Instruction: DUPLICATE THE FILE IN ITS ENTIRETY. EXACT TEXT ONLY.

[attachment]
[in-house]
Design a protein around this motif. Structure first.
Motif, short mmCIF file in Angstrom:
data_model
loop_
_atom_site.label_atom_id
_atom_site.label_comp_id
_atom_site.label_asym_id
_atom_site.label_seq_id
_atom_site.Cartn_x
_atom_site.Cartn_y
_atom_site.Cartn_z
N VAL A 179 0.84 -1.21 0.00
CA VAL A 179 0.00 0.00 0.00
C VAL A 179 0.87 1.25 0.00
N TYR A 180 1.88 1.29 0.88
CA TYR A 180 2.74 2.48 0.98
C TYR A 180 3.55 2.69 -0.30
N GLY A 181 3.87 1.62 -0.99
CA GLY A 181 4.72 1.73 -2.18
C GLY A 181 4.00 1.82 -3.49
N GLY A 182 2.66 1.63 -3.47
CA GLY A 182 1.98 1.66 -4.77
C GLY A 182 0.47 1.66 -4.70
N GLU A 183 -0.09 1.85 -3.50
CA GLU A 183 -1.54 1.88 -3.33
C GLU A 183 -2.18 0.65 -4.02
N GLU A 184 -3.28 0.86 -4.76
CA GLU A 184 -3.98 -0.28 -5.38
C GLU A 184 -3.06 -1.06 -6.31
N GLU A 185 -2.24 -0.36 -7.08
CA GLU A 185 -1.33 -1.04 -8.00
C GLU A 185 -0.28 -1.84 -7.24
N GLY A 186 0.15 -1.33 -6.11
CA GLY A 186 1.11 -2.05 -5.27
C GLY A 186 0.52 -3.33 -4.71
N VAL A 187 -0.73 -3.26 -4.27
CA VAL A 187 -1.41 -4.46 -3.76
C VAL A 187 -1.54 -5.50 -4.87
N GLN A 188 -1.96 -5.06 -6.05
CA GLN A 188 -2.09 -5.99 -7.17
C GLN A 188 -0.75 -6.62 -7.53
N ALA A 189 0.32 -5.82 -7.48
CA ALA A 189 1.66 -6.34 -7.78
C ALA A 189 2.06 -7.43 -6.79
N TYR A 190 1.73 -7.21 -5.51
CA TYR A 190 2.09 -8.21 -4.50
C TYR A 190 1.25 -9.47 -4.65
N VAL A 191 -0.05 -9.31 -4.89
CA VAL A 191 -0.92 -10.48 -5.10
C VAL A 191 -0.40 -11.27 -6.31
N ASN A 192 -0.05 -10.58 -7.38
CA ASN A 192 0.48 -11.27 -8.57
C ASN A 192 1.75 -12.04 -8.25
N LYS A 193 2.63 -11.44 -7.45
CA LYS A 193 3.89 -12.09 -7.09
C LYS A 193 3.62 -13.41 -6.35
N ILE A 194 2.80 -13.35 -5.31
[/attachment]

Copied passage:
[in-house]
Design a protein around this motif. Structure first.
Motif, short mmCIF file in Angstrom:
data_model
loop_
_atom_site.label_atom_id
_atom_site.label_comp_id
_atom_site.label_asym_id
_atom_site.label_seq_id
_atom_site.Cartn_x
_atom_site.Cartn_y
_atom_site.Cartn_z
N VAL A 179 0.84 -1.21 0.00
CA VAL A 179 0.00 0.00 0.00
C VAL A 179 0.87 1.25 0.00
N TYR A 180 1.88 1.29 0.88
CA TYR A 180 2.74 2.48 0.98
C TYR A 180 3.55 2.69 -0.30
N GLY A 181 3.87 1.62 -0.99
CA GLY A 181 4.72 1.73 -2.18
C GLY A 181 4.00 1.82 -3.49
N GLY A 182 2.66 1.63 -3.47
CA GLY A 182 1.98 1.66 -4.77
C GLY A 182 0.47 1.66 -4.70
N GLU A 183 -0.09 1.85 -3.50
CA GLU A 183 -1.54 1.88 -3.33
C GLU A 183 -2.18 0.65 -4.02
N GLU A 184 -3.28 0.86 -4.76
CA GLU A 184 -3.98 -0.28 -5.38
C GLU A 184 -3.06 -1.06 -6.31
N GLU A 185 -2.24 -0.36 -7.08
CA GLU A 185 -1.33 -1.04 -8.00
C GLU A 185 -0.28 -1.84 -7.24
N GLY A 186 0.15 -1.33 -6.11
CA GLY A 186 1.11 -2.05 -5.27
C GLY A 186 0.52 -3.33 -4.71
N VAL A 187 -0.73 -3.26 -4.27
CA VAL A 187 -1.41 -4.46 -3.76
C VAL A 187 -1.54 -5.50 -4.87
N GLN A 188 -1.96 -5.06 -6.05
CA GLN A 188 -2.09 -5.99 -7.17
C GLN A 188 -0.75 -6.62 -7.53
N ALA A 189 0.32 -5.82 -7.48
CA ALA A 189 1.66 -6.34 -7.78
C ALA A 189 2.06 -7.43 -6.79
N TYR A 190 1.73 -7.21 -5.51
CA TYR A 190 2.09 -8.21 -4.50
C TYR A 190 1.25 -9.47 -4.65
N VAL A 191 -0.05 -9.31 -4.89
CA VAL A 191 -0.92 -10.48 -5.10
C VAL A 191 -0.40 -11.27 -6.31
N ASN A 192 -0.05 -10.58 -7.38
CA ASN A 192 0.48 -11.27 -8.57
C ASN A 192 1.75 -12.04 -8.25
N LYS A 193 2.63 -11.44 -7.45
CA LYS A 193 3.89 -12.09 -7.09
C LYS A 193 3.62 -13.41 -6.35
N ILE A 194 2.80 -13.35 -5.31